How to Run scripts on Azure Virtual Machines with the Run Command
Published Nov 29 2018 03:00 AM 40.5K Views

I often need to run a simple task or retrieve information from an Azure VM. Most of the time I want to do so without creating an RDP or SSH session, exposing a WinRM or SSH port, and in some cases need to do so on a VM that is isolated from the internet.


In the past I have relied on the Azure Virtual Machine Custom Script Extension for these types of operations. The Custom Script extension uses the Azure VM Agent to download and run scripts on a virtual machine. It is useful when needing to perform a VM operation or configuration, however is somewhat heavy weight and has one in particular trait that I have found cumbersome. Once the Custom Script Extension has been added to a VM, it needs to then be removed before another instance can be run. This is not a difficult operation but when running multiple scripts against a VM is less than desirable.


Recently an alternate and more lightweight method for running scripts against Azure VMs has been released; the Azure Virtual Machine Run Command. Using a Run Command, PowerShell or Bash scripts can be run against virtual machines with many of the same benefits as the custom script extension, however multiple instances can be run without the need of any type of clean-up action.


In this document I walk through some steps for using the Azure Virtual Machine Run Command action and also provide some troubleshooting information.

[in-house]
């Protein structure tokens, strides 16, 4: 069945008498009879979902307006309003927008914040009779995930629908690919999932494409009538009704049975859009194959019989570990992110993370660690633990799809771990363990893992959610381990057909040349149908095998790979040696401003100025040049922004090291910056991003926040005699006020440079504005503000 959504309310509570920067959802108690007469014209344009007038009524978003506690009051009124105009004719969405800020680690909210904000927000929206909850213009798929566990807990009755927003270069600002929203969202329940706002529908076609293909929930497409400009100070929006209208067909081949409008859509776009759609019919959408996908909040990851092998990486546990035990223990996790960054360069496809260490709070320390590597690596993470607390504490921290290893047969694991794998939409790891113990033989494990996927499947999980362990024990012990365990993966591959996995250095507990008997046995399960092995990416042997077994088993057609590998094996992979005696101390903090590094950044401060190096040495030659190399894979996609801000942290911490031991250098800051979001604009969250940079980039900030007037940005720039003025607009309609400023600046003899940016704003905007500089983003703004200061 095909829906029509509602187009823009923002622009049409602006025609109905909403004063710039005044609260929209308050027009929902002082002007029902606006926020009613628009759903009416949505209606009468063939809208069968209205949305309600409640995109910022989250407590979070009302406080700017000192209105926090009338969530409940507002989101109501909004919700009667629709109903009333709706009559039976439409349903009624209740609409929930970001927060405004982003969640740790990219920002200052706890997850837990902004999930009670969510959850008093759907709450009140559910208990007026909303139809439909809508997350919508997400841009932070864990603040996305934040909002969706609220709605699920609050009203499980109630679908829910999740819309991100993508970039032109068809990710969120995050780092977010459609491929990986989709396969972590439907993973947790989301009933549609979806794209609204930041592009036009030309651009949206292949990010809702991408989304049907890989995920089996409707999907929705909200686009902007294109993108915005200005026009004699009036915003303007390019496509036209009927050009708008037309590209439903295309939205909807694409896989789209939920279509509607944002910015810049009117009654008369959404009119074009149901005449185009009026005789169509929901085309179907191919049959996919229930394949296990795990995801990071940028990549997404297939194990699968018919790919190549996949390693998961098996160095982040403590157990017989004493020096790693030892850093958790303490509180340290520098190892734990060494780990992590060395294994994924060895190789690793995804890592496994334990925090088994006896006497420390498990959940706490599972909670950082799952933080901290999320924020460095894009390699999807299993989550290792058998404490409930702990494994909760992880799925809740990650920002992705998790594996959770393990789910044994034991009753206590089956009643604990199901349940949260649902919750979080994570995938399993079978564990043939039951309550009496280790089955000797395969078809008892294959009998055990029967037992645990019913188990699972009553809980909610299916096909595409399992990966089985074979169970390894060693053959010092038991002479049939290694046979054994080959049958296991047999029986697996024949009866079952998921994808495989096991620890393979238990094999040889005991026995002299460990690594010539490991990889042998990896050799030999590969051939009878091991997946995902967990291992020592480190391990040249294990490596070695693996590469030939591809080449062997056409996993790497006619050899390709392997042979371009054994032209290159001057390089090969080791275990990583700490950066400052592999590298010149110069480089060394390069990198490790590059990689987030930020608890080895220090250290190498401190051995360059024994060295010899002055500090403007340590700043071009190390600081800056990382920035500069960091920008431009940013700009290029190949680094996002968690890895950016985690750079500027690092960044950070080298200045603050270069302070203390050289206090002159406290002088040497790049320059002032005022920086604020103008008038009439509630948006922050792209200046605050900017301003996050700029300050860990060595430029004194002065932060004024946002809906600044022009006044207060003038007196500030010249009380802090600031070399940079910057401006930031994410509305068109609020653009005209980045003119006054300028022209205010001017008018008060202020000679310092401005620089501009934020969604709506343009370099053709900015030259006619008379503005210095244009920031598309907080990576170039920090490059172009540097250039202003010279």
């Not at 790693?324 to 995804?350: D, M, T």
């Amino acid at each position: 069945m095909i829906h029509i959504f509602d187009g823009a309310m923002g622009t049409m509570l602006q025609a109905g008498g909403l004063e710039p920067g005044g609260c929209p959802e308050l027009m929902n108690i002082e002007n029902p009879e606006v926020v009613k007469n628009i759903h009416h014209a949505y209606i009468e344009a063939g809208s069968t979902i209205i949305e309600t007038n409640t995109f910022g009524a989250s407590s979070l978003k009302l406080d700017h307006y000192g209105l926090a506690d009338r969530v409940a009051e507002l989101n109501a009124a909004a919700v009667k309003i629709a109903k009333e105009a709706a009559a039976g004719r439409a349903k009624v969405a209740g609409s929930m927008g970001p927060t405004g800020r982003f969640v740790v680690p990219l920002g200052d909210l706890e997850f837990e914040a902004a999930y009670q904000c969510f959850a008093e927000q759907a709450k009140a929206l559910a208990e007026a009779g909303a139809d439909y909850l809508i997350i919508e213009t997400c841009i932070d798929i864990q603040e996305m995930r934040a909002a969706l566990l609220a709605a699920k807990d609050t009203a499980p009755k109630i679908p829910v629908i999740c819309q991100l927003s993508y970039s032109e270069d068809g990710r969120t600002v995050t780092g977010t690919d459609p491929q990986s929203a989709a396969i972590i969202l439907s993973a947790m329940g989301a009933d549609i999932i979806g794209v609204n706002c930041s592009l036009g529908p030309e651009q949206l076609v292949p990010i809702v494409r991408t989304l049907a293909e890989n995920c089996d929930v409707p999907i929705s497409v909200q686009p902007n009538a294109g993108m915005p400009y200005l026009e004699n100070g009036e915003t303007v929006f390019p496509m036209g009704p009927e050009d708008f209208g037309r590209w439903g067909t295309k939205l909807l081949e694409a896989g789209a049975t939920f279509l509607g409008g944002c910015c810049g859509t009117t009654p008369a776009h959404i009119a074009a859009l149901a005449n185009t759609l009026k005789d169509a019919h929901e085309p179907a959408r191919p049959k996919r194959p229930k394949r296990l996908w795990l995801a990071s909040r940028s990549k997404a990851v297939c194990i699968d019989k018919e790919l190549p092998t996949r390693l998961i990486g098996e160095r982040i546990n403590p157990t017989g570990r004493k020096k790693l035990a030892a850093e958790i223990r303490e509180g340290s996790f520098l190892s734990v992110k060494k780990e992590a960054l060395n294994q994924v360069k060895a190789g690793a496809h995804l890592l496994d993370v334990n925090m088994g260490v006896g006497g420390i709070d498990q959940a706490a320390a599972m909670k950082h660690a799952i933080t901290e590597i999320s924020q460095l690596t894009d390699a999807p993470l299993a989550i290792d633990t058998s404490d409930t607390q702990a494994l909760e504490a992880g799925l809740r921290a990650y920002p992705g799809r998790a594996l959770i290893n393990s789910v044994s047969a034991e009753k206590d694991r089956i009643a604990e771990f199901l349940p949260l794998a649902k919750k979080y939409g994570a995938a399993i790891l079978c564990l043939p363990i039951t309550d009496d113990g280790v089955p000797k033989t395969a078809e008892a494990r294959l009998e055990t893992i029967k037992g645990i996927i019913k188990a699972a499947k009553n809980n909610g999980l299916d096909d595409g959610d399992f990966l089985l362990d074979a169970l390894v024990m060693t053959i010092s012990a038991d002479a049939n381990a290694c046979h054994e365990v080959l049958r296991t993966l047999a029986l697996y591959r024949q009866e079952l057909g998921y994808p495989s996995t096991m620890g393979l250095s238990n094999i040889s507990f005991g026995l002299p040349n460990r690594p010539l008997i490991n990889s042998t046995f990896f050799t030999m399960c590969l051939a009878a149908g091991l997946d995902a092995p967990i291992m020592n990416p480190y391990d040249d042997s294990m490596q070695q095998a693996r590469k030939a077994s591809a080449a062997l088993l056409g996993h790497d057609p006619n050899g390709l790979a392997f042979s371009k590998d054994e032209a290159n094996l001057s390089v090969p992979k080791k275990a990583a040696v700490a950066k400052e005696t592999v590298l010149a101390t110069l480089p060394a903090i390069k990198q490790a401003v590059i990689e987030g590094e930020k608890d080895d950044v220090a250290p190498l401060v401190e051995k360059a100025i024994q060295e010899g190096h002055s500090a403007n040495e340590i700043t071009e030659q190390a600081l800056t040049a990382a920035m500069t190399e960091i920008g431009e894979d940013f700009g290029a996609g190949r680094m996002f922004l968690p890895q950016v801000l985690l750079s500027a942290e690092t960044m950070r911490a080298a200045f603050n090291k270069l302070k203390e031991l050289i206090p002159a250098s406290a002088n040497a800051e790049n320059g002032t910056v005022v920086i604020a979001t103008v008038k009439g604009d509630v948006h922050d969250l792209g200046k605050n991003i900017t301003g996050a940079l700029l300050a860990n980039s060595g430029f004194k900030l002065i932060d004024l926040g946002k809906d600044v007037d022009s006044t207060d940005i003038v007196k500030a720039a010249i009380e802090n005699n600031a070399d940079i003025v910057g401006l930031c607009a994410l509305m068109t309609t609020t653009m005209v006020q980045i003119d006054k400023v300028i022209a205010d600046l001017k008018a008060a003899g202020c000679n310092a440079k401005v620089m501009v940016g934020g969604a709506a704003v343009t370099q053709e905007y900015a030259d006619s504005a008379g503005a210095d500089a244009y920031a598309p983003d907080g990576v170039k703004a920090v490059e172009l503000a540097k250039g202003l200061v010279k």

For detailed information, see the Run Command documentation on


Azure portal


Scripts can be run directly from a virtual machine in the Azure portal. To do so, select the VM and Run command. From here select a pre-created operation or RunPowerShellScript / RunShellScript.




Enter the command / script that you would like to run on the VM and click run.




Azure PowerShell (Core)


A run command can be triggered using PowerShell like this:


Invoke-AzVMRunCommand -ResourceGroupName runcmd -VMName win-runcmd -CommandId RunPowerShellScript -ScriptPath ./run-command.ps1


The output will look similar to:


Value[0]        :
  Code          : ComponentStatus/StdOut/succeeded
  Level         : Info
  DisplayStatus : Provisioning succeeded
  Message       :     Directory: C:\

Mode                LastWriteTime         Length Name
----                -------------         ------ ----
-a----       11/28/2018   9:48 PM              0 test.txt

Value[1]        :
  Code          : ComponentStatus/StdErr/succeeded
  Level         : Info
  DisplayStatus : Provisioning succeeded
  Message       :
Status          : Succeeded
Capacity        : 0
Count           : 0


Azure CLI


A run command can also be triggered using the Azure CLI like this:


az vm run-command invoke --resource-group runcmd --name linux-runcmd --scripts "sudo touch /test.txt" --command-id RunShellScript


The output will look similar to:


  "value": [
      "code": "ProvisioningState/succeeded",
      "displayStatus": "Provisioning succeeded",
      "level": "Info",
      "message": "Enable succeeded: \n[stdout]\n\n[stderr]\n",
      "time": null




If you do run into a situation in which client-side troubleshooting is required, here are a few spots to check out.




On Windows the downloaded script can be located in the following directory:




With the script execution output here:




The run command handler logs can be found here:






The script, stderr, and stdout output are located here:




The run command handler logs can be found here:





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‎Mar 23 2019 07:03 AM
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